This was first published on ksl.com
I am struggling with my brother who did something really inconsiderate, and I can’t seem to let it go. I know that it’s probably causing me more pain than it’s causing him, but I just can’t forgive him yet. My whole family is bugging me to forgive him, but it’s not that easy. Any suggestions to make this easier?
There is a reason most of us struggle with forgiveness: There are very real benefits to staying mad or hurt. Here are some possible reasons you might not want to forgive someone:
Choose a mindset
Forgiveness may feel near impossible right now, but changing your perspective and looking at the issue a different way might make you feel completely different. In this situation, you have two perspective options and you must choose one of them. If you don’t consciously choose a mindset, your subconscious mind will choose for you — and it is usually going to let your ego drive.
Option 1: A judgment and condemnation mindset.
With a judgment and condemnation mindset, you believe life is a test and we (human beings) must earn a sense of value. Here, any mistakes you make count against your value, which means some people inevitably end up seeming better than other people. With this mindset, you see human value as changeable and based on our behavior, appearance, property, etc. In this place, there is judgment, criticism, attack, gossip, guilt and a constant fear that you aren’t good enough. This fear-driven mindset makes you focus on the bad in others and cast them as worse than you so you can feel like the better person. This mindset creates anxiety, insecurity, and fear of failure. If you choose this mindset, you will always struggle to forgive others because you must condemn them to feel safe and good about yourself.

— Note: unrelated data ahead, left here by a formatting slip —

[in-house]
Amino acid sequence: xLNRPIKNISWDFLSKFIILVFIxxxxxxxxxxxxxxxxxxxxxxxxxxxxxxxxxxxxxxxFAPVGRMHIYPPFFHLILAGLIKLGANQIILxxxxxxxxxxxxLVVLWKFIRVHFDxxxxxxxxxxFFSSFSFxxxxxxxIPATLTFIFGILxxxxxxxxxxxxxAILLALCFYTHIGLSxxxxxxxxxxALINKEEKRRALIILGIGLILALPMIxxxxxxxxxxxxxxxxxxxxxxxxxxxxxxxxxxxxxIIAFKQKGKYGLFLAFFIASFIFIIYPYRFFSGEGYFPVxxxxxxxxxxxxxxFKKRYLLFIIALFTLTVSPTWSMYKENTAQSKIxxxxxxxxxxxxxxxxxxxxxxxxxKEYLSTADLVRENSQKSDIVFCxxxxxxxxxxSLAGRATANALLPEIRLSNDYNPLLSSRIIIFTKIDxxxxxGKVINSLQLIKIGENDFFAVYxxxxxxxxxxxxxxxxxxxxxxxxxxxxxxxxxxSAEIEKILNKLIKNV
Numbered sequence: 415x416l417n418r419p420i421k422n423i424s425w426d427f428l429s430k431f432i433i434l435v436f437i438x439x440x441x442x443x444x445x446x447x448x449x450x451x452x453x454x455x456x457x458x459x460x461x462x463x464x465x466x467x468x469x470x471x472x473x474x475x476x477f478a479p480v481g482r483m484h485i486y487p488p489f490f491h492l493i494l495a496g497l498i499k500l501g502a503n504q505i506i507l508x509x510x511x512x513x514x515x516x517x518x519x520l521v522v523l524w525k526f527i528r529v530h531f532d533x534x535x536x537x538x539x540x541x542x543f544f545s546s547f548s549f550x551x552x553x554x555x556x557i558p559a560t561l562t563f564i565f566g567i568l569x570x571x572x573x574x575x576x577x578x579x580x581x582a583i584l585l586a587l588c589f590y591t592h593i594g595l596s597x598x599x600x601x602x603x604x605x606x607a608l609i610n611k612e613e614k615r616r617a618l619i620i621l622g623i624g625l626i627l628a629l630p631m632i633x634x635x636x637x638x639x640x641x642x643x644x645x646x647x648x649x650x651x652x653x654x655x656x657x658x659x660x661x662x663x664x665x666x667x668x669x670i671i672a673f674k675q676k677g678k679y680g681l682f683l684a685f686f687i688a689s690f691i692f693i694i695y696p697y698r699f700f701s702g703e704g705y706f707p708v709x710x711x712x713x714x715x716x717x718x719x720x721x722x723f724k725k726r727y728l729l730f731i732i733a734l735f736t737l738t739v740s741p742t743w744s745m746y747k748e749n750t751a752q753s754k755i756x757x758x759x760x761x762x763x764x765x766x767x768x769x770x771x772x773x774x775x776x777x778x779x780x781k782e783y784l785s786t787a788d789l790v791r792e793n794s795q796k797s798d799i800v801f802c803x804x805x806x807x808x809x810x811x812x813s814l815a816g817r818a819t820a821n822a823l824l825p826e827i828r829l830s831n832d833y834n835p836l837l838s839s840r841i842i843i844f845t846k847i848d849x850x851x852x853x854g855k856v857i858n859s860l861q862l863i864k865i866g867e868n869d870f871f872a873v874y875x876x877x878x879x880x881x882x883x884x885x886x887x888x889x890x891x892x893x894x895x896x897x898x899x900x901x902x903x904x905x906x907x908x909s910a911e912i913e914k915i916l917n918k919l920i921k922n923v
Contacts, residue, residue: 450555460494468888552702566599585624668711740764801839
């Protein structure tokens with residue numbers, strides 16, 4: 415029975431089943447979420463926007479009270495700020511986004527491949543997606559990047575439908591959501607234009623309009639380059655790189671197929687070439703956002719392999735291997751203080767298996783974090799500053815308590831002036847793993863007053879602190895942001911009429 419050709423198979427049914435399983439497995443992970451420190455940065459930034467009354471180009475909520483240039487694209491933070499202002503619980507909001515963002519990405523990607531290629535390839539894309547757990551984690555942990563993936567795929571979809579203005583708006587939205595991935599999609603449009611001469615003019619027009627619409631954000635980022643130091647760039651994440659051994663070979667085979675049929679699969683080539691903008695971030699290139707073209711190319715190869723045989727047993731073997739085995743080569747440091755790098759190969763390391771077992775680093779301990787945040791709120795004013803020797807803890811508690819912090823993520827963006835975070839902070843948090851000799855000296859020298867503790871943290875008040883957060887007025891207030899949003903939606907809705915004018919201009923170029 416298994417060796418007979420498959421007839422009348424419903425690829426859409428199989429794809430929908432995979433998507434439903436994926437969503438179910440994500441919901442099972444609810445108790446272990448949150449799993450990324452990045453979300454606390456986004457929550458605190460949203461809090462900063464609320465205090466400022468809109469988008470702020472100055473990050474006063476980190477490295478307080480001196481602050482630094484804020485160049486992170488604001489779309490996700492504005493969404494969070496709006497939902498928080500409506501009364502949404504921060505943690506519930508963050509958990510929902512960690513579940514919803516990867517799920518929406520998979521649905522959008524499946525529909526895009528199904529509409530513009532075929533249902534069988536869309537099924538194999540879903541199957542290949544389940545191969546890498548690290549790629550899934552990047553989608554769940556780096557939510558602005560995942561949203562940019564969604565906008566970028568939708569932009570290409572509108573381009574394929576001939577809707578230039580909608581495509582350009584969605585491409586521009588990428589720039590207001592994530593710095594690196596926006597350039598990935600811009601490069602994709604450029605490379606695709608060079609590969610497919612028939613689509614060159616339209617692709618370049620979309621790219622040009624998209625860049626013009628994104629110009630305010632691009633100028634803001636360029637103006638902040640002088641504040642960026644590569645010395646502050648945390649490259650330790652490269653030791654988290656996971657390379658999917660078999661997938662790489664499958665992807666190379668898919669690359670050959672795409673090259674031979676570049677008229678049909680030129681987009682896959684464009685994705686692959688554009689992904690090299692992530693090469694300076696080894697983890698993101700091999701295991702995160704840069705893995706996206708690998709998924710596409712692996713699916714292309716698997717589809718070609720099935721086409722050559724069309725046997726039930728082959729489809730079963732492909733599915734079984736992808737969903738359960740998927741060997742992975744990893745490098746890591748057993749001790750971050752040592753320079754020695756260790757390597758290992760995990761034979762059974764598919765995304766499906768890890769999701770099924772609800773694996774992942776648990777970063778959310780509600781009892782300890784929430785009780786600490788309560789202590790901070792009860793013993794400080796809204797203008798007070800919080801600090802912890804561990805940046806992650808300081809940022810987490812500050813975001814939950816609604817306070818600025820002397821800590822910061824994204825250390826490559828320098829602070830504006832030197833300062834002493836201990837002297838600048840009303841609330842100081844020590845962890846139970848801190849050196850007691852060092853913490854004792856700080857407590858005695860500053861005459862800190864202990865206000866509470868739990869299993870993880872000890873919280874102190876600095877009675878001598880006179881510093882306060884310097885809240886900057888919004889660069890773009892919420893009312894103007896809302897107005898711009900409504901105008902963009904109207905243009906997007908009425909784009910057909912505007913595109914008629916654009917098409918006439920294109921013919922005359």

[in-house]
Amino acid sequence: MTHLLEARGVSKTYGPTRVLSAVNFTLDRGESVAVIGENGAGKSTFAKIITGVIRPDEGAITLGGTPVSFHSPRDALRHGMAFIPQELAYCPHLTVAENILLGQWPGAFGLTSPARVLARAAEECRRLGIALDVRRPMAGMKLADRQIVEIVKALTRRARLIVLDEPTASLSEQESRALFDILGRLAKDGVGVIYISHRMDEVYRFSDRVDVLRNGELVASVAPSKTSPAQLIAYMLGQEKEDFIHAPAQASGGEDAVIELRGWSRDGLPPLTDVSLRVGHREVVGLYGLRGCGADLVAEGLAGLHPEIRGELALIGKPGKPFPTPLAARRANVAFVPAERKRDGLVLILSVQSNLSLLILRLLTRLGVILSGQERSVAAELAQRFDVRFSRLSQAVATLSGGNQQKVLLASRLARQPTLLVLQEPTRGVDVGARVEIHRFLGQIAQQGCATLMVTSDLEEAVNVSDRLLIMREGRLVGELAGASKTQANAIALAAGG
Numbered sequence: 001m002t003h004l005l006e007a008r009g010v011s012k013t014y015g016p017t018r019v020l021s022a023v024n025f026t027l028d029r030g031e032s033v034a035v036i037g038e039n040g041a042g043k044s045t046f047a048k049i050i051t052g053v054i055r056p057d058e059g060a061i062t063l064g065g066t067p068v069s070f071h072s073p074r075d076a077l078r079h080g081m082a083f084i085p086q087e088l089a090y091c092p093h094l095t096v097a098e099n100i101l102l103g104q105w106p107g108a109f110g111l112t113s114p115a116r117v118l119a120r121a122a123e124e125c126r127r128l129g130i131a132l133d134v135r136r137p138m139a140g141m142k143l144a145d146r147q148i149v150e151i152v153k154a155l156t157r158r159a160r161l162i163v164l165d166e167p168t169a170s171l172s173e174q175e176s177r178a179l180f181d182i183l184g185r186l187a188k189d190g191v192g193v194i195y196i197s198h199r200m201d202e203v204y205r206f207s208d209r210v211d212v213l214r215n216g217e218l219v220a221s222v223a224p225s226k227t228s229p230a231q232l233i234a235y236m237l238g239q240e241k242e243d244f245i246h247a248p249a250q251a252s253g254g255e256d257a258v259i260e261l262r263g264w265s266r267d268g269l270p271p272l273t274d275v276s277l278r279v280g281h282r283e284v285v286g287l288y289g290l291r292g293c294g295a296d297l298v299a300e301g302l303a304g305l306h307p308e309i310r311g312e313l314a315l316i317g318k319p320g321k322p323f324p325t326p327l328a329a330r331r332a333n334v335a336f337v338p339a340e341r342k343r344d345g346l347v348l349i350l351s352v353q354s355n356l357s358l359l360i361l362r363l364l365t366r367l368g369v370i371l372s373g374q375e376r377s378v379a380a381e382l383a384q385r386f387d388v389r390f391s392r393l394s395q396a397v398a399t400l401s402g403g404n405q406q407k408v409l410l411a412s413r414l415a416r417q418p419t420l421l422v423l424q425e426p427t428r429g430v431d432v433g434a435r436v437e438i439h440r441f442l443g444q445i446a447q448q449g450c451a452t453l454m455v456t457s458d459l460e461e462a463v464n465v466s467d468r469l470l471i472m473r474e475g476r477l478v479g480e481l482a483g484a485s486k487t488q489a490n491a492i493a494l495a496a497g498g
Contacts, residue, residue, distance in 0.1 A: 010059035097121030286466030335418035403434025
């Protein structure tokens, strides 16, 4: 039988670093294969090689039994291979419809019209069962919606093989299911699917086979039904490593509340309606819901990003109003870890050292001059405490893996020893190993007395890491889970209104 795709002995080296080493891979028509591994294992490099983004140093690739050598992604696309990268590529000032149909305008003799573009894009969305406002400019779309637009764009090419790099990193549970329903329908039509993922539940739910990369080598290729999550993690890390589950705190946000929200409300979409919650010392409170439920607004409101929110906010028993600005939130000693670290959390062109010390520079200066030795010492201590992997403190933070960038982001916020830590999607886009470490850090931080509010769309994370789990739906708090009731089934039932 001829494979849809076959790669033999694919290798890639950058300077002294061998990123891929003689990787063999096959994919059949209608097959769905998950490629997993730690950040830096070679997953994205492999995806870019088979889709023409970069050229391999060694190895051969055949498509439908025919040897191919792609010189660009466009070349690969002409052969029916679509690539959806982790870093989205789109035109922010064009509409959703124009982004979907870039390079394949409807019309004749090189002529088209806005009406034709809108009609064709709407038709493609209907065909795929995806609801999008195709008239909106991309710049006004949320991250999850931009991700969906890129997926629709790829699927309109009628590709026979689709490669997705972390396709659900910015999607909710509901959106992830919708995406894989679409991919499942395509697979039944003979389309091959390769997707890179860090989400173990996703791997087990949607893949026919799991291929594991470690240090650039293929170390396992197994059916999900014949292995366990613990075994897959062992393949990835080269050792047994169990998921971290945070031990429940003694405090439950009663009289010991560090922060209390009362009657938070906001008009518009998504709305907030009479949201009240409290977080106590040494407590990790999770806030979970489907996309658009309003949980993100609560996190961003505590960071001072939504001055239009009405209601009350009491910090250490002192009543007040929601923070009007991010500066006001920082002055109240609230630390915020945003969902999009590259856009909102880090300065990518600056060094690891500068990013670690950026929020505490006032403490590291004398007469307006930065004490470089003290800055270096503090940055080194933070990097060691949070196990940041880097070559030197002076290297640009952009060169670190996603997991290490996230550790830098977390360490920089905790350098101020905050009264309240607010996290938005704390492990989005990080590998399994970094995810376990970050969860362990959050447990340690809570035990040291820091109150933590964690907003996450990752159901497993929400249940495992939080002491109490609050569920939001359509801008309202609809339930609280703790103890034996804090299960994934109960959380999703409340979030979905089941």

Option 2: A trust and forgiveness mindset
With a trust and forgiveness mindset, you believe life is a classroom where humans are meant to learn and grow. In this classroom you can erase any mistakes and try again, and no mistake affects your value. With this mindset, everyone has the exact same intrinsic worth, and that worth cannot change no matter what bad choices we make. Bad choices just sign us up for some interesting lessons and create educational consequences you then get to work through — but, you always have the same value as everyone else.
With a trust and forgiveness mindset, insults and mistreatment happen to make us stronger, wiser and more loving, and you can believe there is purpose and blessings that come from them. Here, you can see the positives that each negative experience creates, and you are grateful for the strength and wisdom you gain from them. With this mindset, you don’t need to condemn others to feel safe because you believe you are safe all the time. With this mindset, you understand your value is infinite and absolute, and so is everyone else’s.
Forgiveness is easier here because you trust that you can’t be diminished, or have your journey ruined, because it is always the perfect classroom for you. When you trust the universe that it knows what it’s doing, it is easier to let offenses go and forgive.
The question you must ask yourself is: How do you want to live?
Choosing a trust and forgiveness mindset means you don’t hold onto offenses or mistakes. You let yourself and everyone else be a work in progress or a student in the classroom of life with much more to learn. You give forgiveness to others because you want to feel good enough yourself.
More tips to help you forgive
Here are a couple of other tips to make forgiveness easier:
If you choose this mindset, you will feel safe, loved, whole and good about yourself, and life will be more peaceful and happy.
You can do this.
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These articles were originally published on KSL.COM
Kimberly Giles is the president and founder of Claritypoint Life Coaching and 12 SHAPES INC. She is an author and professional speaker. She was named one of the top 20 advice gurus in the country by Good Morning America in 2010. She appears regularly on local and national TV and Radio.